As an example, consider a full-scale power reactor core with vacuum boundary conditions, and with fuel pins solely composed of the same fuel_3 material. The fuel pins towards the center of the problem will surely experience a more intense neutron flux and greater reaction rates than those towards the edge of the domain. This indicates that the fuel in the center should be at a more depleted state than periphery pins, at least for the fist depletion step. However, without any other instructions, OpenMC will deplete fuel_3 as a single material, and all of the fuel pins will have an identical composition at the next transport step.

This can be countered by instructing the operator to treat repeated instances of the same material as a unique material definition with:

op = openmc.deplete.CoupledOperator(model, chain_file,

For our example problem, this would deplete fuel on the outer region of the problem with different reaction rates than those in the center. Materials will be depleted corresponding to their local neutron spectra, and have unique compositions at each transport step. The volume of the original fuel_3 material must represent the volume of all the fuel_3 in the problem. When creating the unique materials, this volume will be equally distributed across all material instances.


This will increase the total memory usage and run time due to an increased number of tallies and material definitions.

10.2. Transport-independent depletion

This category of operator uses multigroup microscopic cross sections along with multigroup flux spectra to obtain transmutation reaction rates. The cross sections are pre-calculated, so there is no need for direct coupling between a transport-independent operator and a transport solver. The openmc.deplete module offers a single transport-independent operator, IndependentOperator, and only one operator is needed since, in theory, any transport code could calculate the multigroup microscopic cross sections. The IndependentOperator class has two constructors. The default constructor requires a openmc.Materials instance, a list of multigroup flux arrays, and a list of MicroXS instances containing multigroup microscopic cross sections in units of barns. This might look like the following:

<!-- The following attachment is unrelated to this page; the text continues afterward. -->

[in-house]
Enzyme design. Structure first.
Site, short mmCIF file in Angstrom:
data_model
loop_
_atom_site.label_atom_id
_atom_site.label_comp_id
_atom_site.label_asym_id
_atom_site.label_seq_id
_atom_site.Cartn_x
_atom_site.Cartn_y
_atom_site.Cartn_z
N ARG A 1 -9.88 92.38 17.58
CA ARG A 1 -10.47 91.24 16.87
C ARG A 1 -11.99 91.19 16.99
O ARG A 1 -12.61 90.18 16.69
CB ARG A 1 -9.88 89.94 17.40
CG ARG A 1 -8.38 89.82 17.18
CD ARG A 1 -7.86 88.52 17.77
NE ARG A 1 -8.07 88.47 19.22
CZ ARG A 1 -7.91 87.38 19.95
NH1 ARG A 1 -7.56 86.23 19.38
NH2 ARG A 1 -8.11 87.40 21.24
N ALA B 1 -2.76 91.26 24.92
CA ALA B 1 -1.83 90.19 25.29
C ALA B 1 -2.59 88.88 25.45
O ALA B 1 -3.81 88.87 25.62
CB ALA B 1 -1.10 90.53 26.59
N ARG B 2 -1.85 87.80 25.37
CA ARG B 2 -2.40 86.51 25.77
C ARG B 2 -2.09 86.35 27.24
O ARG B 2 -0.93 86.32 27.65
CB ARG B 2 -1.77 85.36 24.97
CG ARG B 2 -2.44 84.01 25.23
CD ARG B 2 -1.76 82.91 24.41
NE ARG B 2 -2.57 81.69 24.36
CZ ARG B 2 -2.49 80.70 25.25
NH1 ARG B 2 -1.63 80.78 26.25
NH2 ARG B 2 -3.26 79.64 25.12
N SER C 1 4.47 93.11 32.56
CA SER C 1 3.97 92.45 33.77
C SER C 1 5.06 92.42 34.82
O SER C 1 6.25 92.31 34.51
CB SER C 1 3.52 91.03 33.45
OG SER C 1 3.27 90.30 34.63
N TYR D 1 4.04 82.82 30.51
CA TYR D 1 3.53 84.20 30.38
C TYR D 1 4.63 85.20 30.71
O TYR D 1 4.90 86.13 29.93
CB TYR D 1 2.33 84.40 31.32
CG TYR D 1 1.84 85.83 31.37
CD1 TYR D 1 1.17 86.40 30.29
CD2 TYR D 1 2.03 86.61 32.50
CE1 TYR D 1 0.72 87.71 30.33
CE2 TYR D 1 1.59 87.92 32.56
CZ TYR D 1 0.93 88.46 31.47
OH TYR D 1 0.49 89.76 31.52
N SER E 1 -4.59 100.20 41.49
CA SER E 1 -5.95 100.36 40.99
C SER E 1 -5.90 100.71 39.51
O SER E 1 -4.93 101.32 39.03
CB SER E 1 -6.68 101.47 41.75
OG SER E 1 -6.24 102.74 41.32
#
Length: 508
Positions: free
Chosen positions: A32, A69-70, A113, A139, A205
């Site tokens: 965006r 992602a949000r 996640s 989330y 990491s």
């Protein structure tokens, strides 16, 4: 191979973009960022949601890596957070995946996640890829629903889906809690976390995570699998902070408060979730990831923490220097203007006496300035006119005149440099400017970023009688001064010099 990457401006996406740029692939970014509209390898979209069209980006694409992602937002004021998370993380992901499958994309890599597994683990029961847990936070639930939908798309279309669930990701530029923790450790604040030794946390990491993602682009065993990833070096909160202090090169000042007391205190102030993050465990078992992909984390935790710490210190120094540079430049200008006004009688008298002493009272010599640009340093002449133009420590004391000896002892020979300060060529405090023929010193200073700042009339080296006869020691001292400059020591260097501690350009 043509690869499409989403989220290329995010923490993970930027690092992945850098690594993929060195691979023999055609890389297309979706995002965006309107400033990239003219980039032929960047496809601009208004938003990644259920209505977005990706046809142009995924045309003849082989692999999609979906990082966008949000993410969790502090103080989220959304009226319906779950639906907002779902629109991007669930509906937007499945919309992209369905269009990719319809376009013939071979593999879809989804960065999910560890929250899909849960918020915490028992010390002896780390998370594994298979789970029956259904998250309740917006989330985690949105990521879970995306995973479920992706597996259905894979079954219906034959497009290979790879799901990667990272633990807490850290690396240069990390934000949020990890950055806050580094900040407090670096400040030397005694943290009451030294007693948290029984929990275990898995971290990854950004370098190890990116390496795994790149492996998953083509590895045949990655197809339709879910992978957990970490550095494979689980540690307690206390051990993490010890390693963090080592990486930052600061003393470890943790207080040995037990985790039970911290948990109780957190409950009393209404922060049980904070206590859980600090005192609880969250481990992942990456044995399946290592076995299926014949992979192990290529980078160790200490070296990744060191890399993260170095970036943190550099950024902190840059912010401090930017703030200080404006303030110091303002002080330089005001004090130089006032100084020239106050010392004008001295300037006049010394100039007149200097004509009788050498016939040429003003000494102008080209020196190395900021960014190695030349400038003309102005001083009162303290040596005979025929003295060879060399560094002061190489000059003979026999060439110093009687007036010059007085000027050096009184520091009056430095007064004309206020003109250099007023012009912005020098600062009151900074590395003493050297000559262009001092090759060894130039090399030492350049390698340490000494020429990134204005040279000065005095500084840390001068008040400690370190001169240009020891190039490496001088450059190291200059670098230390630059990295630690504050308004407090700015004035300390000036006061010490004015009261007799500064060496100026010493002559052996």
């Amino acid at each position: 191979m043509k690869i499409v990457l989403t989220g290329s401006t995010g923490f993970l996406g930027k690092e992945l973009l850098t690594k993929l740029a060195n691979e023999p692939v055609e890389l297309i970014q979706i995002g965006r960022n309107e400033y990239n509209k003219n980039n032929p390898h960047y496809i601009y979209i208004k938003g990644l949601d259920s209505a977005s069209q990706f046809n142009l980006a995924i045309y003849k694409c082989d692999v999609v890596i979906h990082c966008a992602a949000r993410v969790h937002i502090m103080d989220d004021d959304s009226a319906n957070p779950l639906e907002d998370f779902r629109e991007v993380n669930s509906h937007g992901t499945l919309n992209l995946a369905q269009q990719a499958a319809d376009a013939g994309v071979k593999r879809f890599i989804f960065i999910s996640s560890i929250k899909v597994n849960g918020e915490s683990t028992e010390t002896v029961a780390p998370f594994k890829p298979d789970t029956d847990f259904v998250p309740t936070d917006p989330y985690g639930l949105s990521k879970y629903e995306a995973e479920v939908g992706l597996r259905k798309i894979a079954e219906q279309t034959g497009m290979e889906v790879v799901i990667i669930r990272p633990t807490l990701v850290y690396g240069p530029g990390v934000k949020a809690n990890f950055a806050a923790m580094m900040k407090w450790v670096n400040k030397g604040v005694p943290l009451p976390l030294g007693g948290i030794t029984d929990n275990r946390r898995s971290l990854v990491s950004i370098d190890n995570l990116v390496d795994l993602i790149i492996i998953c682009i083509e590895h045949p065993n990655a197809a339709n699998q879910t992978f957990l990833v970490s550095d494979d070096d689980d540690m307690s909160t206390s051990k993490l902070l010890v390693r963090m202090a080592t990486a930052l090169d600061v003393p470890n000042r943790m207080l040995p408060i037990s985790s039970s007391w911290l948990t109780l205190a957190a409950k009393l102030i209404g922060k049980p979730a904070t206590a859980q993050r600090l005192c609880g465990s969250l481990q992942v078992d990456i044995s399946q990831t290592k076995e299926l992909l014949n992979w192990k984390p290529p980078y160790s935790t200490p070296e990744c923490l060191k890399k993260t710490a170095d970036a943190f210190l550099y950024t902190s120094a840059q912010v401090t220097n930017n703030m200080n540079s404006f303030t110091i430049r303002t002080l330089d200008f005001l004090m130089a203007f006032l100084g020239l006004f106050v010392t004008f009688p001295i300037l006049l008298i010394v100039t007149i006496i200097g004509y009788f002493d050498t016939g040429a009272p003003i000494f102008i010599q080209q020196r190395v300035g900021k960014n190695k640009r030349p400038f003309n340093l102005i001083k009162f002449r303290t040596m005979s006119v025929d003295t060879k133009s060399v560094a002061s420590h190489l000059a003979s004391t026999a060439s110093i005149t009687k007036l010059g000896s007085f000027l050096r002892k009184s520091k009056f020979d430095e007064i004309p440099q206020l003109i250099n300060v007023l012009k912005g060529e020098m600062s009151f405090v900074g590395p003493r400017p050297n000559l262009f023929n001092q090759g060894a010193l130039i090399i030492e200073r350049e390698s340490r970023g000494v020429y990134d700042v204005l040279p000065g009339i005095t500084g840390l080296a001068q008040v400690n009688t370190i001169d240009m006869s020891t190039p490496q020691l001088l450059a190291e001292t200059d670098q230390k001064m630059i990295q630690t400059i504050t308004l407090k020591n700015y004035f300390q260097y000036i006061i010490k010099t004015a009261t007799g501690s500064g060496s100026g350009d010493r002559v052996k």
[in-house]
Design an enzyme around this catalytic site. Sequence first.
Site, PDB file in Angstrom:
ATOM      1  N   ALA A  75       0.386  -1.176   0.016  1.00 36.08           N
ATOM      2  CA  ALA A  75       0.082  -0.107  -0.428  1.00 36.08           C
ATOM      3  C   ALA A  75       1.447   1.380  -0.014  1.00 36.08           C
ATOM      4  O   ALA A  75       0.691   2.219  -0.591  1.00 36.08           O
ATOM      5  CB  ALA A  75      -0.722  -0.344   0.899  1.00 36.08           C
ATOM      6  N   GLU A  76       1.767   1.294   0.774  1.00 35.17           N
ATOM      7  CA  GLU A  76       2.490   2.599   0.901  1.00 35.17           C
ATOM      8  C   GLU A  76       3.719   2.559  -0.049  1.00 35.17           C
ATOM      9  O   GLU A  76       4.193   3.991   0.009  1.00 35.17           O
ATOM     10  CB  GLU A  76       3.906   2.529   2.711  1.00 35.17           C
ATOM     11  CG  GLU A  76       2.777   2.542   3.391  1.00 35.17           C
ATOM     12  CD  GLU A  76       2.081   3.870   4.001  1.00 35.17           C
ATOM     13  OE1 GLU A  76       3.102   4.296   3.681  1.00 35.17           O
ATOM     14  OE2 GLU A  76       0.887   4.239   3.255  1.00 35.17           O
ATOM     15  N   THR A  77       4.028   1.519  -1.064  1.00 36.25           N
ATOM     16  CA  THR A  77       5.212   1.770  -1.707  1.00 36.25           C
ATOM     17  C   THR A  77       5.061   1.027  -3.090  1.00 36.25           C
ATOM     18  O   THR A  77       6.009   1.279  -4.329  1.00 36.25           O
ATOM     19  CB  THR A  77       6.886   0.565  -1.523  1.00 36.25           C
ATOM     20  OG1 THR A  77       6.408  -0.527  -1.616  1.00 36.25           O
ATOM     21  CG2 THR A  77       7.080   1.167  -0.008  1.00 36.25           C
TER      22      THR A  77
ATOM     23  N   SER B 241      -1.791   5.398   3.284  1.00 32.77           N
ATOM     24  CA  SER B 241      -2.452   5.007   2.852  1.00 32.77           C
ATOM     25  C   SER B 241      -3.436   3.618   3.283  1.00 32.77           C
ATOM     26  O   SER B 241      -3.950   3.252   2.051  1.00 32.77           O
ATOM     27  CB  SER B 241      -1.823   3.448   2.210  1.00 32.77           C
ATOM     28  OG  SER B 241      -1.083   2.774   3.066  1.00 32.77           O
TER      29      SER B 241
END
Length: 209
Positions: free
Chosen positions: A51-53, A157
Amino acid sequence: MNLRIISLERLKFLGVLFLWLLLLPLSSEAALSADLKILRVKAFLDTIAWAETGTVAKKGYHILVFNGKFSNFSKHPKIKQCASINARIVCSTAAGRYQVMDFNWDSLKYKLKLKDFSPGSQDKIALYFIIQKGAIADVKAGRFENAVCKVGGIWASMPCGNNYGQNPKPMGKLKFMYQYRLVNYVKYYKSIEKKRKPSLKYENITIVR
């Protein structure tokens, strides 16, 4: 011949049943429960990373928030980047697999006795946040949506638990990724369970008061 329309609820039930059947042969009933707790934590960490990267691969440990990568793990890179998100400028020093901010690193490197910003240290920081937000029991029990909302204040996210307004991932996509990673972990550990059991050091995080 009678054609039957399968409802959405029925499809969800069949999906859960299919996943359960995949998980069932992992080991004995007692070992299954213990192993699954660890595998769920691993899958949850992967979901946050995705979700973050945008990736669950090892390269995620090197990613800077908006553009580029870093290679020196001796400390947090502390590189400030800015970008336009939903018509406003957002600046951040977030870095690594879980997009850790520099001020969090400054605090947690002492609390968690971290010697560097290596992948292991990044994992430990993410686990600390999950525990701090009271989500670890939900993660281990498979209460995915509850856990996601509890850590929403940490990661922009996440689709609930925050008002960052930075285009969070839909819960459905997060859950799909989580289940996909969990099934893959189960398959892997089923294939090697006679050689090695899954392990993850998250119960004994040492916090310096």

materials = openmc.Materials([m1, m2, m3])

# Assign fluxes (generated from any code)
flux_m1 = numpy.array([...])
flux_m2 = numpy.array([...])
flux_m3 = numpy.array([...])
fluxes = [flux_m1, flux_m2, flux_m3]

# Assign microscopic cross sections
micro_m1 = openmc.deplete.MicroXS.from_csv('xs_m1.csv')
micro_m2 = openmc.deplete.MicroXS.from_csv('xs_m2.csv')
micro_m3 = openmc.deplete.MicroXS.from_csv('xs_m3.csv')
micros = [micro_m1, micro_m2, micro_m3]

# Create operator
op = openmc.deplete.IndependentOperator(materials, fluxes, micros)

For more details on the MicroXS class, including how to use OpenMC’s transport solver to generate microscopic cross sections and fluxes for use with IndependentOperator, see Loading and Generating Microscopic Cross Sections.


The same statements from Transport-coupled depletion about which materials are depleted and the requirement for depletable materials to have a specified volume also apply here.

An alternate constructor, from_nuclides(), accepts a volume and dictionary of nuclide concentrations in place of the openmc.Materials instance. Note that while the normal constructor allows multiple materials to be depleted with a single operator, the from_nuclides() classmethod only works for a single material: